Agencies, Get the Clients You Deserve

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An earlier post, “Clients, Get the Agency You Deserve,” was a guide for clients looking to get the best possible work from their agencies. This time, I surveyed friends and colleagues on the client side, asking them to tell me about the best agency relationships they’ve had.

So agencies, marketing vendors and suppliers of all stripes, listen up – here’s what clients want. Continue reading “Agencies, Get the Clients You Deserve”

Want What Nike Has? You Gotta Earn It.

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At a recent branding seminar, I asked attendees what they hoped to achieve with their branding efforts. One guy exclaimed, “I want what Nike has – instant name recognition!” Around the room, many heads nodded in agreement.

Over the years, I’ve asked clients, prospects and colleagues that question hundreds of times, and a fair percentage of replies are along those lines. Maybe it’s Starbucks or Target instead of Nike; maybe they want their brand to be a “badge” or have “a logo everyone knows.”

So why do so few brands achieve those results? Because most brands don’t earn them. They want the quick fix. They want to play it safe. Or they want something for nothing. Continue reading “Want What Nike Has? You Gotta Earn It.”

Sam vs. Bud

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The question came up during a friendly game of poker. At the table were several local businessmen who had heard me speak of brand storytelling, and one asked:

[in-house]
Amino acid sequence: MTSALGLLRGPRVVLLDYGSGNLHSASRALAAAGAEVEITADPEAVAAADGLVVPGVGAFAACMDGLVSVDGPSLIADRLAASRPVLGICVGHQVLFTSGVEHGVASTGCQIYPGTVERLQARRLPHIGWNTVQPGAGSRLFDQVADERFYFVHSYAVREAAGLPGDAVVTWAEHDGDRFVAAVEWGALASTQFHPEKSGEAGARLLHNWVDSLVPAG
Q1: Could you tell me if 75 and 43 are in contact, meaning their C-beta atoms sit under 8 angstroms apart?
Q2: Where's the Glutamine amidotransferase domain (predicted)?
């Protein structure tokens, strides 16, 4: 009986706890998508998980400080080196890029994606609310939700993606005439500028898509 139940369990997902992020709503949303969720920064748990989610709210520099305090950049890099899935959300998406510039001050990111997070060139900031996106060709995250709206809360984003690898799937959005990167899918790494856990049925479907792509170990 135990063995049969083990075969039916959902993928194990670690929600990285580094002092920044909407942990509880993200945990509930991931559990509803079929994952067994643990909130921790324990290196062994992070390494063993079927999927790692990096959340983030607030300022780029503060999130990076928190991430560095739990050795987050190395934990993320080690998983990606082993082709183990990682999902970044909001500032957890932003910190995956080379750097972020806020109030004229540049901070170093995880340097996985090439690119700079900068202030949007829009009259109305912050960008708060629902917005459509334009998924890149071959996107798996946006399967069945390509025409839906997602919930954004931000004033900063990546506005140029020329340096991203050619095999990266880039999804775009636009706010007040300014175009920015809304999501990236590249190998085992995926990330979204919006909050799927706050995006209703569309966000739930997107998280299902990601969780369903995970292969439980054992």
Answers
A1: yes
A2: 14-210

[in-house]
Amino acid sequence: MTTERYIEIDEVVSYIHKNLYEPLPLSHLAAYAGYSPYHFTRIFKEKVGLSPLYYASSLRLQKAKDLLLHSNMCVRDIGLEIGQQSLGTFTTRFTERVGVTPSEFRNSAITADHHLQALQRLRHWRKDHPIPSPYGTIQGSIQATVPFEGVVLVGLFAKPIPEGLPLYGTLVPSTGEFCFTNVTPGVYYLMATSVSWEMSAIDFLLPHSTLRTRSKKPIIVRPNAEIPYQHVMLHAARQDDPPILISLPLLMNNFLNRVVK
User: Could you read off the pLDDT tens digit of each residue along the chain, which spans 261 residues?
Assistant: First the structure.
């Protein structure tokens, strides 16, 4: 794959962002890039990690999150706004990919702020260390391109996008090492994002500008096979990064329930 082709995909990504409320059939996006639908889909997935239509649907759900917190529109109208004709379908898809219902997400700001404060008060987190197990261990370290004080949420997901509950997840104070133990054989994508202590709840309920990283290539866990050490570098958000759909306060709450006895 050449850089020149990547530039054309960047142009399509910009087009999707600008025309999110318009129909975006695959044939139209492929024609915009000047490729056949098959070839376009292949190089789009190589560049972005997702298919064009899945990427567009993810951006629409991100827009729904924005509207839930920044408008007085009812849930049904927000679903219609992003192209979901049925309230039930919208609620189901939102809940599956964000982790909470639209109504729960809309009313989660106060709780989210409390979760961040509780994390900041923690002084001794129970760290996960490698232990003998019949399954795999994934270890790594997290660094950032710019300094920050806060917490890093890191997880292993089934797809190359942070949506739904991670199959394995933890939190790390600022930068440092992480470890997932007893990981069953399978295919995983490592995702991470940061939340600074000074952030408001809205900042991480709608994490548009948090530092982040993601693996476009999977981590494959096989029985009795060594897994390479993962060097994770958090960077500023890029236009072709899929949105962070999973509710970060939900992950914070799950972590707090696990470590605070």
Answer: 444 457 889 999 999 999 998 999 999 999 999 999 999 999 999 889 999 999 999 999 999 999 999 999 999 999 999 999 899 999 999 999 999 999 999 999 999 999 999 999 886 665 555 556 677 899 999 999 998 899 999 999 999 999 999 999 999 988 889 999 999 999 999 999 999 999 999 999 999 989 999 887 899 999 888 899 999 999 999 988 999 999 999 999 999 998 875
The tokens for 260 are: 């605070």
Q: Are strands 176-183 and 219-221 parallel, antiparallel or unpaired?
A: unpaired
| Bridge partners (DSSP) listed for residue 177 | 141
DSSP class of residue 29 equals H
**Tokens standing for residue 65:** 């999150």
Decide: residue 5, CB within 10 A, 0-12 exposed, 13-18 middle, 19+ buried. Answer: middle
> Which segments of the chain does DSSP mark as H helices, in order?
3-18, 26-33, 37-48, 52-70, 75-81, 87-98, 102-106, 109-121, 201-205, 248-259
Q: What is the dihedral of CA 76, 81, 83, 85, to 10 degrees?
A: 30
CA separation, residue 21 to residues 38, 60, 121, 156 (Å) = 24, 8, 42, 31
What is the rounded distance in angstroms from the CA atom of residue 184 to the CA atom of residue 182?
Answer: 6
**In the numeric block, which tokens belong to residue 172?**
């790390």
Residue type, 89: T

“So what’s the difference between a great brand and a brand with a great story?”

As I glanced around the table, I found some help in answering. This was a BYOB poker game. To my left, I saw a Budweiser; to my right, a Samuel Adams. Continue reading “Sam vs. Bud”

Dyson Gets It Right

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How might we use a vacuum cleaner to suck up a quick lesson about branding? Consider the case of the Dyson vacuum cleaner – and how it changed my life forever.

The basics of the Dyson story are these: An Englishman named James Dyson became so frustrated with the poor performance and lousy suction of his personal vacuum cleaner that he set out to design a better solution. That’s how great new products usually start out – with a target audience, occasion or problem. With Dyson, it was the problem. Continue reading “Dyson Gets It Right”

Of Consistency and Clown Doctors

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Imagine you’ve made an appointment with your family doctor to discuss the shooting pangs in your chest and the fact that your left arm is going numb five or six times a day.

You’re waiting in an examination room in one of those flattering gowns. Suddenly, your doctor pops in wearing in a polka-dotted clown suit, a conical cap and a red rubber nose, laughing maniacally as he hoses you down with his seltzer bottle. Continue reading “Of Consistency and Clown Doctors”